This week, I committed myself to watching “The Art Dealer” directed by François Margolin, with a script by Margolin and Jean-Claude Grumberg.

It’s based on a true story of a post war French family eating itself alive from the inside. I’m not thrilled with every second of it, but it’s worth watching. It is worth it not for the actor at the center, but for the deep professional work of the aging French stars and character actors, who work with such fine Gallic subtlety, that adds the requisite touches.

For decades since the end of World War II, it seems that everyone who remembers anything about the fate of plundered French Art has either died or fallen silent. Here, in Margolin’s film, we learn about one such family, fictitious, but based on a real family.

In cocktail parties, dinner parties and street corner conversations we meet Raoul (the wonderful Michel Bouquet, who brilliantly played the artist Renoir in Gilles Bourdos’ 2012 “Renoir”) and Claude Weinstein (Robert Hirsh), 90-year-old survivors, dealers in art.

They sit silently, like shadowy ghosts at weddings and anniversaries, refusing to talk about or even think about what happened to the great art collections that were stolen by the Nazis, not just those looted from Paris museums, but from wealthy Jewish families. What’s amazing is that no one any longer even asks questions.

At the center of this mystery is young Esther (Anna Sigalevitch).

We learn that Esther, who is married with a son, and a mid-level journalist at a French paper, is the granddaughter in a famous family of art dealers.

At the start, Esther, a serious-minded, intense, young woman gets nosy.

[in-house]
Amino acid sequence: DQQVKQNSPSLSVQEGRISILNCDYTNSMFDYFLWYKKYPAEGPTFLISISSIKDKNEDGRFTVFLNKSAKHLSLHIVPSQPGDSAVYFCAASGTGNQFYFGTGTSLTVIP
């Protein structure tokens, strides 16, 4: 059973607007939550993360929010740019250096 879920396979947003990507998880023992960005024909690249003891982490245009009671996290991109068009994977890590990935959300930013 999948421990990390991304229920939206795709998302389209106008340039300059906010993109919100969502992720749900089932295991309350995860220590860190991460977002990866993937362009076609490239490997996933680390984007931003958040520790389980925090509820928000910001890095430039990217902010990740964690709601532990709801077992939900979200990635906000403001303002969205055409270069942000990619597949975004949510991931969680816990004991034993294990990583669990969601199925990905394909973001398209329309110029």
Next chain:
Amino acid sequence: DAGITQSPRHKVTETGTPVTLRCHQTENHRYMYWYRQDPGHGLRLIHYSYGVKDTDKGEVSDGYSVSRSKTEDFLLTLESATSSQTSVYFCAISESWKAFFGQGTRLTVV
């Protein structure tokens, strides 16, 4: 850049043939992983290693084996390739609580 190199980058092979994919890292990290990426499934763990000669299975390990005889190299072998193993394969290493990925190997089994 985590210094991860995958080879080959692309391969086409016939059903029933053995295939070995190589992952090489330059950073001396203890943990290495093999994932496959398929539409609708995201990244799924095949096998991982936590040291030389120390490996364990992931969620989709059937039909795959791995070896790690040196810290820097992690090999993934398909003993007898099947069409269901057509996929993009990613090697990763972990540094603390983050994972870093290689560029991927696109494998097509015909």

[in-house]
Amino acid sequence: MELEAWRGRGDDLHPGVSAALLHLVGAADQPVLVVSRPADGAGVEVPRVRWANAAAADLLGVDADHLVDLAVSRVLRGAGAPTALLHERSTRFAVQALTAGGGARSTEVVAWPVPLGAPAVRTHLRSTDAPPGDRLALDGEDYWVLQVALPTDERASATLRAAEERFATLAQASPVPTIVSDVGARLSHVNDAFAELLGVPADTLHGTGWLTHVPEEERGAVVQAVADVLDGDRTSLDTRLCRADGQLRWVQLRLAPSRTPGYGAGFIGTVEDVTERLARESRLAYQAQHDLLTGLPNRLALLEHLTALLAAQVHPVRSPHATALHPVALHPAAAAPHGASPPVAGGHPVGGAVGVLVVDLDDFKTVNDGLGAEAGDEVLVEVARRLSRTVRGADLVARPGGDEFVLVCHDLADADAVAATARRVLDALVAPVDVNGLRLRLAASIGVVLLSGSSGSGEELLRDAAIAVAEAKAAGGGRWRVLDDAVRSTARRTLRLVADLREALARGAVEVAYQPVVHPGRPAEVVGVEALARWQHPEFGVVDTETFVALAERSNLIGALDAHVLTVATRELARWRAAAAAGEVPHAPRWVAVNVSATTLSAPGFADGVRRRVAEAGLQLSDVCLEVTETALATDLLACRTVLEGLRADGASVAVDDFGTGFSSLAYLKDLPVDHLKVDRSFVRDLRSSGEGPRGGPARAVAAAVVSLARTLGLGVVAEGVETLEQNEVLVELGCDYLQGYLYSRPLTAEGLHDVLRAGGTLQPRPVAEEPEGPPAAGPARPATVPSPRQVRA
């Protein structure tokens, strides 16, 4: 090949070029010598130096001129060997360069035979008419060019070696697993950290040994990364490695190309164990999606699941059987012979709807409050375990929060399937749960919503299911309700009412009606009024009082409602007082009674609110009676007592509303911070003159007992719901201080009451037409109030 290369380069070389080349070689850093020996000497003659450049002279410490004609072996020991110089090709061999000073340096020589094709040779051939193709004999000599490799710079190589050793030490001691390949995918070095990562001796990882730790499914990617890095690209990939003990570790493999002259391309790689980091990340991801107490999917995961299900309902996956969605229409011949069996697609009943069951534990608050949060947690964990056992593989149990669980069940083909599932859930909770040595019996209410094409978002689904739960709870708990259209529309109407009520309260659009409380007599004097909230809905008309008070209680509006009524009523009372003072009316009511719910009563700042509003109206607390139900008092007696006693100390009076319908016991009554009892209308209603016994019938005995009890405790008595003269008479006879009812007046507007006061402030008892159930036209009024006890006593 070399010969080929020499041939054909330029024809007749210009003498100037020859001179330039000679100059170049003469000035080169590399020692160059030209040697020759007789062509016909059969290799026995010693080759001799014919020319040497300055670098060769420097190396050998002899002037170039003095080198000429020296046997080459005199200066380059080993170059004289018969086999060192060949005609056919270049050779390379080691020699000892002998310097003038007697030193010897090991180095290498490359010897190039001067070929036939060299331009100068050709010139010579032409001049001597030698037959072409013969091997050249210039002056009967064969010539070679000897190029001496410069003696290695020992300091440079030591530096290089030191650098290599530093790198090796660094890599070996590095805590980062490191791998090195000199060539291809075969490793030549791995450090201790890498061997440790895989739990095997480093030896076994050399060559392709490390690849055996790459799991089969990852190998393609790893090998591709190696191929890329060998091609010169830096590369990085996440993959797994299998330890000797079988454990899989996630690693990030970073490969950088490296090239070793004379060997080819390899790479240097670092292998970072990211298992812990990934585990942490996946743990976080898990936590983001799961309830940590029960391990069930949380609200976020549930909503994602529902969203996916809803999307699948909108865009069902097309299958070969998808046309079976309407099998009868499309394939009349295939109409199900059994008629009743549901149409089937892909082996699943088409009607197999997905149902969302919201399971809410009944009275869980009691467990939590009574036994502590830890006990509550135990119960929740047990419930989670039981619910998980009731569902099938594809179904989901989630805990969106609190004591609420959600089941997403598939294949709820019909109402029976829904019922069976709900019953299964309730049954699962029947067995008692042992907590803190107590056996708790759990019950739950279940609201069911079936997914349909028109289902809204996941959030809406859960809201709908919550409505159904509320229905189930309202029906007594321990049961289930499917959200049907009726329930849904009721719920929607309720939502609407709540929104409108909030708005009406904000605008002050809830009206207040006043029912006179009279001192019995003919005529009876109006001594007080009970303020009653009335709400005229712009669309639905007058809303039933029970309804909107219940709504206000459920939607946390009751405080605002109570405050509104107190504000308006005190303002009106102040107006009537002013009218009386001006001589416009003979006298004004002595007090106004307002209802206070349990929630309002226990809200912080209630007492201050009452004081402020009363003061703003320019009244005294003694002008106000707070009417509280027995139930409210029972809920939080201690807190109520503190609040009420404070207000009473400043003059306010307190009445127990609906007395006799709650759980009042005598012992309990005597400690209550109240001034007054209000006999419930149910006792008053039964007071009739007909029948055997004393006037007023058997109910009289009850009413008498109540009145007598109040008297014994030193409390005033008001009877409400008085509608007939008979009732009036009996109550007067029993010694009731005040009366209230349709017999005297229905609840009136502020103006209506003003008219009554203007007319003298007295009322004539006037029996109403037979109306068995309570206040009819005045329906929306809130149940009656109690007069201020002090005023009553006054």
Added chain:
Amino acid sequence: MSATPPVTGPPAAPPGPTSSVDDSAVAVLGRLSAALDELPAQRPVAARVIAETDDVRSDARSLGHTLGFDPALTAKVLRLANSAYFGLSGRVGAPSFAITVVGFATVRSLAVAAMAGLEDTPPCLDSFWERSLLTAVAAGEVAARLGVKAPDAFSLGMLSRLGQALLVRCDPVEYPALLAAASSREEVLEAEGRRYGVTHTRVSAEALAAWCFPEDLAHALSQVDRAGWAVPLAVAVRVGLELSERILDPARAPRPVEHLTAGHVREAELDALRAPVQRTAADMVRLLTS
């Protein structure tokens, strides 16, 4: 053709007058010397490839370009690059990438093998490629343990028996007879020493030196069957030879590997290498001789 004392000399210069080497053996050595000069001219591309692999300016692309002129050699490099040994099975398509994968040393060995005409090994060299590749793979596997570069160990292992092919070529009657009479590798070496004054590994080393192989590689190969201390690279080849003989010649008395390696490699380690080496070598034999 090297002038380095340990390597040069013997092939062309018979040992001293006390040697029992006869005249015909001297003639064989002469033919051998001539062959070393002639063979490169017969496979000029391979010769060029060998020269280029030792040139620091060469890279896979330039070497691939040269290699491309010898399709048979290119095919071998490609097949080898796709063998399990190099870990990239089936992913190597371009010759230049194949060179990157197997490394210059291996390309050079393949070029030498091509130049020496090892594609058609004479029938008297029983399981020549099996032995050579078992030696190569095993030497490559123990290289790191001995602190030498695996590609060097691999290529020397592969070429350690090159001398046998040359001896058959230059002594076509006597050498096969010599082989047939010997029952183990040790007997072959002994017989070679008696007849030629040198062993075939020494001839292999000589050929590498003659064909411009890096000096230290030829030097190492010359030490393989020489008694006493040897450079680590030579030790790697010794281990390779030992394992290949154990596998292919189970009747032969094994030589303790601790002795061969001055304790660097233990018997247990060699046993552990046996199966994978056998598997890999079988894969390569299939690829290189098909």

One day, Esther happens to see the painting of two leopards, sitting quietly by one another in golden light. It’s a painting her husband Melchoir (Louis-Do de Lencquesaing), who is a Parisian art auctioneer, has brought home so he can appraise it. He casually tells her that he told the owner that it might be worth a few hundred thousand euros.

When Esther’s father Simon (François Berléand) visits the house for dinner, he recognizes the painting, his mind travels to the past and family gatherings, and pieces begin to fall into place.

Conversations, handsome young people now aged, mostly dead, discuss and argue about art.

These passages are too long. Eager to find out why Margolin’s film is booked as a WWII mystery-thriller out of the past, we soon grow bored with chit chat.

Simon, too, is one of the silent ones, who sit at family gatherings, nodding and smiling, but dodging Esther’s questions about what really happened to the grandfather’s huge collection of great art during the war.

Esther, who loves to drift away from parties and snoop around the family homes, comes upon some Super 8 film clips of long ago lawn parties and weddings.

When the strange silence of the old ones deepens, especially in their refusal to discuss their relationships with their war years’ German occupiers, Esther grows more intrigued.

When she is denied access to her grandfather’s papers that are kept in a state file, Esther, like a French Philip Marlowe, goes door to door, cigarette in hand, and sporting a slightly comic film noir trench coat and slouch hat, to speak with elderly relatives who survived Paris in the war.

They shut her out, and get snappy and irritated at her persistence. She even suspects she is being followed.

It’s when she taps into the memory of an old friend, Claude Weinstein, a surviving and sympathetic friend of her grandfather’s years, that the pace of the film quickens, but not by much.

We soon learn that her grandfather was taken and shot by the Germans, and that no one wants to talk about it. The whispers of the family’s collusion with the Nazis grow stronger, and the shadows around Esther grow darker.

The conclusion, unsatisfying to this reviewer, confirms its premise, that some family secrets ARE best left hidden.

There is one revealing scene at a burial event when one of the secret keepers is laid to rest. The look of relief on the faces of the survivors is priceless. That says it all.

A better approach to this genre can be found in 1964’s “The Train,” and of course, 2015’s “Woman in Gold,” which was the best.

 

J.P. Devine of Waterville is a former stage and screen actor.

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